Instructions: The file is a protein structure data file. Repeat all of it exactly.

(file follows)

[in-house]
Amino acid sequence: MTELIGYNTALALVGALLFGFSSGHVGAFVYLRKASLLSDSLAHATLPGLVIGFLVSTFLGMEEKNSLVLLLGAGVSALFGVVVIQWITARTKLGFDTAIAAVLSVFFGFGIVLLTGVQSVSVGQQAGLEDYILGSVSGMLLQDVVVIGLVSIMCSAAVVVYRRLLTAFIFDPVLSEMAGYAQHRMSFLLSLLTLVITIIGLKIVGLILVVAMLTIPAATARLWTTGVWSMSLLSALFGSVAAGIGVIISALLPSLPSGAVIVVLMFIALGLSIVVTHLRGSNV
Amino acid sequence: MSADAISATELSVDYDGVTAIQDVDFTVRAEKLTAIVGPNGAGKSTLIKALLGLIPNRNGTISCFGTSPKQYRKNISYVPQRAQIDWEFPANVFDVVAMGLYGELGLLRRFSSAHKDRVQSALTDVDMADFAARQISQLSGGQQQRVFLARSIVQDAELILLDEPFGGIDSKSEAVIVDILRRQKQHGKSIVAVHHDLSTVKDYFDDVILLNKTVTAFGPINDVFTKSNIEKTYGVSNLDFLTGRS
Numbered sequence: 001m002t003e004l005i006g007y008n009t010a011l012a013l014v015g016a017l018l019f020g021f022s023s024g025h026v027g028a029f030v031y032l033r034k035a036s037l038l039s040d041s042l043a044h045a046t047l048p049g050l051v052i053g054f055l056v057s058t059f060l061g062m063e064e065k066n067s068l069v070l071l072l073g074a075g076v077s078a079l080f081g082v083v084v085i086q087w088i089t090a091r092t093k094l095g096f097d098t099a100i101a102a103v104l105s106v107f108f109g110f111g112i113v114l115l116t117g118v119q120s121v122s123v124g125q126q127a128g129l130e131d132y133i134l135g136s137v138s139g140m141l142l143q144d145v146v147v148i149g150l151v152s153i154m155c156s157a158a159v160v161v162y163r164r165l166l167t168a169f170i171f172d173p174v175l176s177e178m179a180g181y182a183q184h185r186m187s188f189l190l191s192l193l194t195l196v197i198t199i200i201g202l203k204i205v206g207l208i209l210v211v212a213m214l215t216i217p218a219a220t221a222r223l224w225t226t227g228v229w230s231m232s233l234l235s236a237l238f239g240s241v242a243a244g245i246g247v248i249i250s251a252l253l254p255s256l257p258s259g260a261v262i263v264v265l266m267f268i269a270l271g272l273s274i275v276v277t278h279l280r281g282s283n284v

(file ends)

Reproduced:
[in-house]
Amino acid sequence: MTELIGYNTALALVGALLFGFSSGHVGAFVYLRKASLLSDSLAHATLPGLVIGFLVSTFLGMEEKNSLVLLLGAGVSALFGVVVIQWITARTKLGFDTAIAAVLSVFFGFGIVLLTGVQSVSVGQQAGLEDYILGSVSGMLLQDVVVIGLVSIMCSAAVVVYRRLLTAFIFDPVLSEMAGYAQHRMSFLLSLLTLVITIIGLKIVGLILVVAMLTIPAATARLWTTGVWSMSLLSALFGSVAAGIGVIISALLPSLPSGAVIVVLMFIALGLSIVVTHLRGSNV
Amino acid sequence: MSADAISATELSVDYDGVTAIQDVDFTVRAEKLTAIVGPNGAGKSTLIKALLGLIPNRNGTISCFGTSPKQYRKNISYVPQRAQIDWEFPANVFDVVAMGLYGELGLLRRFSSAHKDRVQSALTDVDMADFAARQISQLSGGQQQRVFLARSIVQDAELILLDEPFGGIDSKSEAVIVDILRRQKQHGKSIVAVHHDLSTVKDYFDDVILLNKTVTAFGPINDVFTKSNIEKTYGVSNLDFLTGRS
Numbered sequence: 001m002t003e004l005i006g007y008n009t010a011l012a013l014v015g016a017l018l019f020g021f022s023s024g025h026v027g028a029f030v031y032l033r034k035a036s037l038l039s040d041s042l043a044h045a046t047l048p049g050l051v052i053g054f055l056v057s058t059f060l061g062m063e064e065k066n067s068l069v070l071l072l073g074a075g076v077s078a079l080f081g082v083v084v085i086q087w088i089t090a091r092t093k094l095g096f097d098t099a100i101a102a103v104l105s106v107f108f109g110f111g112i113v114l115l116t117g118v119q120s121v122s123v124g125q126q127a128g129l130e131d132y133i134l135g136s137v138s139g140m141l142l143q144d145v146v147v148i149g150l151v152s153i154m155c156s157a158a159v160v161v162y163r164r165l166l167t168a169f170i171f172d173p174v175l176s177e178m179a180g181y182a183q184h185r186m187s188f189l190l191s192l193l194t195l196v197i198t199i200i201g202l203k204i205v206g207l208i209l210v211v212a213m214l215t216i217p218a219a220t221a222r223l224w225t226t227g228v229w230s231m232s233l234l235s236a237l238f239g240s241v242a243a244g245i246g247v248i249i250s251a252l253l254p255s256l257p258s259g260a261v262i263v264v265l266m267f268i269a270l271g272l273s274i275v276v277t278h279l280r281g282s283n284v